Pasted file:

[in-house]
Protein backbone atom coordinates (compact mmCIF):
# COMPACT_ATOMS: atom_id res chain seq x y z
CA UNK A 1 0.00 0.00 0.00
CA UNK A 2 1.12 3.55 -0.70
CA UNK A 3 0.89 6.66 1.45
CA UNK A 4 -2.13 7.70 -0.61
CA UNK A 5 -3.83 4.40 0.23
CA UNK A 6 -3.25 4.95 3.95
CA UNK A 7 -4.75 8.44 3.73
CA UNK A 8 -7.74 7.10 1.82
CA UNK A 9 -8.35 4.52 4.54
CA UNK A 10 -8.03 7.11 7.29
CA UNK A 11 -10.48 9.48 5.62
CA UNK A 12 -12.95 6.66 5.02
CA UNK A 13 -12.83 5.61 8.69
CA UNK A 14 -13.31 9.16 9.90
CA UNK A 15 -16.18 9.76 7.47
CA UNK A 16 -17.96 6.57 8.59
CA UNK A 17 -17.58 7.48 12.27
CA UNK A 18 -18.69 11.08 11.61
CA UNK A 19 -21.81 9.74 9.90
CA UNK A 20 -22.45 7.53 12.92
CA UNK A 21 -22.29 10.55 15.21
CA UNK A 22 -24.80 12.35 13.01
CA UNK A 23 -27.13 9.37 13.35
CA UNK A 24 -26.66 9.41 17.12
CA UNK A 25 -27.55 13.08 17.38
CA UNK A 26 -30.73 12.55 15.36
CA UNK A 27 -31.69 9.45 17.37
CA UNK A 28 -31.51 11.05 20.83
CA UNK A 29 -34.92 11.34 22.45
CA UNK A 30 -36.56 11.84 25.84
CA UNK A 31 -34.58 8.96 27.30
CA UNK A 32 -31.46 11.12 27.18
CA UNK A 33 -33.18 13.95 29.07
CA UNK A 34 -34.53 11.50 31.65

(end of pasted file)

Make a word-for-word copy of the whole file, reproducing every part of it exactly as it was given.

[in-house]
Protein backbone atom coordinates (compact mmCIF):
# COMPACT_ATOMS: atom_id res chain seq x y z
CA UNK A 1 0.00 0.00 0.00
CA UNK A 2 1.12 3.55 -0.70
CA UNK A 3 0.89 6.66 1.45
CA UNK A 4 -2.13 7.70 -0.61
CA UNK A 5 -3.83 4.40 0.23
CA UNK A 6 -3.25 4.95 3.95
CA UNK A 7 -4.75 8.44 3.73
CA UNK A 8 -7.74 7.10 1.82
CA UNK A 9 -8.35 4.52 4.54
CA UNK A 10 -8.03 7.11 7.29
CA UNK A 11 -10.48 9.48 5.62
CA UNK A 12 -12.95 6.66 5.02
CA UNK A 13 -12.83 5.61 8.69
CA UNK A 14 -13.31 9.16 9.90
CA UNK A 15 -16.18 9.76 7.47
CA UNK A 16 -17.96 6.57 8.59
CA UNK A 17 -17.58 7.48 12.27
CA UNK A 18 -18.69 11.08 11.61
CA UNK A 19 -21.81 9.74 9.90
CA UNK A 20 -22.45 7.53 12.92
CA UNK A 21 -22.29 10.55 15.21
CA UNK A 22 -24.80 12.35 13.01
CA UNK A 23 -27.13 9.37 13.35
CA UNK A 24 -26.66 9.41 17.12
CA UNK A 25 -27.55 13.08 17.38
CA UNK A 26 -30.73 12.55 15.36
CA UNK A 27 -31.69 9.45 17.37
CA UNK A 28 -31.51 11.05 20.83
CA UNK A 29 -34.92 11.34 22.45
CA UNK A 30 -36.56 11.84 25.84
CA UNK A 31 -34.58 8.96 27.30
CA UNK A 32 -31.46 11.12 27.18
CA UNK A 33 -33.18 13.95 29.07
CA UNK A 34 -34.53 11.50 31.65